The Tugaloo Terrane(Eastern Blue Ridge & Western Inner Piedmont) was deposited in a back-arc setting of deep water oceanic crust and rifted fragments of Grenville crust such as the Toxaway and Tallulah Falls domes. The Goochland Terrane to the north and the Precordillera Terrane to the south were also rifted microcontinents of Grenville crust. The Carolina and Avalonia Terranes separated from Gondwana to begin crossing the Iapetus, opening the Rheic Ocean along their trailing edges.


Iapetus Ocean seafloor spreading reached the Carolinas from the north and completed the separation of Laurentia from South America. Laurentia drifted from its position near the South pole northward toward equatorial waters at a rapid rate, leaving behind the supercontinent of Gondwana which formed as East Gondwana(Australia, East Antarctica and India) joined West Gondwana. Oblique closure of the Carolina and Avalonia Terranes with West Gondwana formed a sinstral transform boundry and resulted in deformation.


Rifting stresses between Laurentia and South America continued to deposit the Ocoee Supergroup in rift basins. Rifting related volcanic activity was displayed in the Catoctin Formation of Virginia.


An arc of volcanic islands was created far from eastern Laurentia in waters between Baltica and West Gondwana(Africa and South America), as oblique sinstral subduction of oceanic crust near West Gondwana formed the Carolina and Avalonia Terranes.


A mantle plume at a triple junction in northeast Laurentia rifted Baltica and began to open up the Iapetus Ocean between Laurentia & the South American cratons.


Early rifting stresses between eastern Laurentia and western South America created block-faulted extensional rift basins which began to accumulate sedimentary deposits of the Ocoee Supergroup. Magmatic activity was displayed in plutonic deposits of the Crossnore Complex and the Bakersville mafic dike swarm and volcanic deposits of the Mount Rogers Formation. This rifting phase failed to separate Laurentia and South America at this time.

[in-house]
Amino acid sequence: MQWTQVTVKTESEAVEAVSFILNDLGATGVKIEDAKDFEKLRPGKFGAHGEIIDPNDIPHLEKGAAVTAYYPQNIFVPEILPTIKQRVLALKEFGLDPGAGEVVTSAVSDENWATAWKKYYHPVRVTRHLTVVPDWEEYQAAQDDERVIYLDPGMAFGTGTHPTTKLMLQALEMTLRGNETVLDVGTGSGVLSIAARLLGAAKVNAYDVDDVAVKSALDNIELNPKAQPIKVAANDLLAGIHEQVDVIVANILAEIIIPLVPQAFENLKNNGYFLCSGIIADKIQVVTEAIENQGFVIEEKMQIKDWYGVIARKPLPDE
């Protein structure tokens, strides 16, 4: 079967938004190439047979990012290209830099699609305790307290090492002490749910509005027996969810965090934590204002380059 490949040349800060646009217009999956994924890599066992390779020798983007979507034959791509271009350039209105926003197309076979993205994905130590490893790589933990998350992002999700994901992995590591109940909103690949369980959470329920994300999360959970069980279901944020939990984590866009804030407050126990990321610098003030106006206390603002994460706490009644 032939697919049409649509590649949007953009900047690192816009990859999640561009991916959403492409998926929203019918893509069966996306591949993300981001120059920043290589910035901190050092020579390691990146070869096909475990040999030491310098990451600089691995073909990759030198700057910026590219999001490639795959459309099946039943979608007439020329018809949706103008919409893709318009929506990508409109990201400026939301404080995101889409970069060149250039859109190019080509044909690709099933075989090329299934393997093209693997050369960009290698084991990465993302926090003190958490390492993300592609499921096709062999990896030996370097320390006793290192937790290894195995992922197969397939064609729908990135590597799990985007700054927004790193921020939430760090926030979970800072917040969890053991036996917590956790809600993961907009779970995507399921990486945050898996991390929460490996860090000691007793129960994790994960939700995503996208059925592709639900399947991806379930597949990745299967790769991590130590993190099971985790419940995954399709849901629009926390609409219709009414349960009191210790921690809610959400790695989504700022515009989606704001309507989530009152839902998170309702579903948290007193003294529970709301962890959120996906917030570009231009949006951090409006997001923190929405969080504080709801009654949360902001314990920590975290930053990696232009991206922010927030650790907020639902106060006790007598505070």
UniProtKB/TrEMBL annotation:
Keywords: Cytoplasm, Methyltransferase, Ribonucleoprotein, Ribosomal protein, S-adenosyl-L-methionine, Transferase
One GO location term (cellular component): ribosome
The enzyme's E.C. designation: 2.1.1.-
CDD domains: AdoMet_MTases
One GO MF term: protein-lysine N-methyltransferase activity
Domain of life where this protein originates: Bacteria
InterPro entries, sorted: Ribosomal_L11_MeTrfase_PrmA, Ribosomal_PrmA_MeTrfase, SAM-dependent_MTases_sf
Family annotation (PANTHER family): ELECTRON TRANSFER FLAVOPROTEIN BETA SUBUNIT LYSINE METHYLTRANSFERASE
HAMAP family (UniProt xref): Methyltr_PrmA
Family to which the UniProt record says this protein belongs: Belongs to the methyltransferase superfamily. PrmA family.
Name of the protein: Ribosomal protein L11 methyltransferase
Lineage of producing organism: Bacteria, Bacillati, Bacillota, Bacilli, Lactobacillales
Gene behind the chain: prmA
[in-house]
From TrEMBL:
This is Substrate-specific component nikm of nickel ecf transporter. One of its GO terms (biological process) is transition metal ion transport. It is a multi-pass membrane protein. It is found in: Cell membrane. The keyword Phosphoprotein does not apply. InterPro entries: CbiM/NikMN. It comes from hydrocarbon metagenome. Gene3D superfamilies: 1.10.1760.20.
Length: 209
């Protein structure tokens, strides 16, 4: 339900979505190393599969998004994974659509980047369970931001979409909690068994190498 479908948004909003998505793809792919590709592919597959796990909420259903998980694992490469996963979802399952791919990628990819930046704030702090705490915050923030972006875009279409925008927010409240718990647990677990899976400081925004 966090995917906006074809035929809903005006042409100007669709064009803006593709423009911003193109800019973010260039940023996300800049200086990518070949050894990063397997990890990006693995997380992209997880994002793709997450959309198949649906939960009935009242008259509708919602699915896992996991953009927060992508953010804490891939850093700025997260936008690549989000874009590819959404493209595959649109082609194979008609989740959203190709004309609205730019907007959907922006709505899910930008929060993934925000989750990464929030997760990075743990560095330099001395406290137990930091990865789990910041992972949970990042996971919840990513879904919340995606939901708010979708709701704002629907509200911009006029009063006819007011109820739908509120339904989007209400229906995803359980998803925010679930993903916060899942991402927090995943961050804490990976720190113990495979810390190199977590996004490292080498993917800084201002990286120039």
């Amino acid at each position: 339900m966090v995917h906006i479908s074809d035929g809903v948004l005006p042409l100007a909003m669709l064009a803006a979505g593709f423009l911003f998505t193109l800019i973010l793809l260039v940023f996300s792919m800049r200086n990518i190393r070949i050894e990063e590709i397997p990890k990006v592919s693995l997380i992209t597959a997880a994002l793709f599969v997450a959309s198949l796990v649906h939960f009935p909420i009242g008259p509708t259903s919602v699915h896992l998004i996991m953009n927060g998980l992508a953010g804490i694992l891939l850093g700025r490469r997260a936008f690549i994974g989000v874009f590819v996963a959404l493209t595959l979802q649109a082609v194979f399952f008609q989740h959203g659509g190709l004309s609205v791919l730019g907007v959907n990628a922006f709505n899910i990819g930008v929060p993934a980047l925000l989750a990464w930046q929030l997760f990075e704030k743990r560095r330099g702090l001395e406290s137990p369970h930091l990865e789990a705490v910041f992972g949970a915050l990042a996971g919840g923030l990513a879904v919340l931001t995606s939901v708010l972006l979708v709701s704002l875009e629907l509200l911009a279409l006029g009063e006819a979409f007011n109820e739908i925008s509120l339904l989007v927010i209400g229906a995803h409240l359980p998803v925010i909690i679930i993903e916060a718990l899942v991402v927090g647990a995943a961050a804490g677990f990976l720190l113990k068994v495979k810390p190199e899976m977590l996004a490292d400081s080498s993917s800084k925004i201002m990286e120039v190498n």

Grenville Orogeny: Basement rocks of the Western Blue Ridge such as the Cranberry Gneiss of the Elk Park Plutonic Suite were deformed and metamorphosed when the southeastern margin of Laurentia collided with the Amazonia and Rio de la Plata cratons of South America. The Mars Hill Terrane was sutured to Laurentia to become the oldest rocks in the southeastern USA. East Antarctica, Australia, India, Baltica, Siberia and the cratons of Africa also fused with Laurentia and South America to form the supercontinent of Rodinia.


The Mars Hill Terrane was formed far from its present location in the Blue Ridge of North Carolina, possibly as part of Amazonia.


Archean island arc terranes combined to form the core of Laurentia(ancestral North America), the Precambrian Canadian Shield.


A more detailed list of references will be forthcoming, but for now, the best overview of Carolina geology can be found in:

  Horton, J.W., Jr., and Zullo, V.A., eds., 1991, The Geology of the Carolinas: Carolina Geological Society Fiftieth Anniversary Volume: Knoxville, The University of Tennessee Press, Carolina Geological Society, 406 p.
Recent thinking about the tectonics of the Southern Appalachians can be found in the research of Robert D. Hatcher at the University of Tennessee-Knoxville, his students and associates. The two Carolina Geological Society Annual Field Trip Guidebooks are downloadable as pdf files at the Carolina Geological Society website. The included maps will help to visualize the location and relationship of the various terranes in the Carolinas.

  Hatcher, R.D., Jr., and Bream, B.R., eds, 2002, Inner Piedmont geology in the South Mountains-Blue Ridge Foothills and the southwestern Brushy Mountains, central-western North Carolina, in Carolina Geological Society Annual Field Trip Guidebook: Raleigh, North Carolina Geological Survey, 145 p.

Hatcher, R.D., Jr., Bream, B.R., Merschat, A,J., Mapes, R.W., and Miller, C.F., 2005, Evidence for the (Neo-) Acadian Orogeny in the Southern Appalachians: Geological Society of America Abstracts with Pr grams, v. 37, no. 2, p. 5-6. pdf file list

Bream, Brendan R., Mapes, R.W., Hatcher, R.D., Miller, C.F., and Fullagar, P.D., 2005, Laurentian and Exotic Components of the Southern Appalachian Inner Piedmont: Geological Society of America Abstracts with Programs, v. 37, no. 2, p. 6.

Hatcher, R.D., Jr., Merschat, A. J., eds, 2005, Blue Ridge Geology Geotraverse East of the Great Smokey Mountains National Park, Western North Carolina: North Carolina Geological Survey, Carolina Geological Society Annual Field Trip Guidebook, 132 p. pdf file list

George Schissler sams@main.nc.us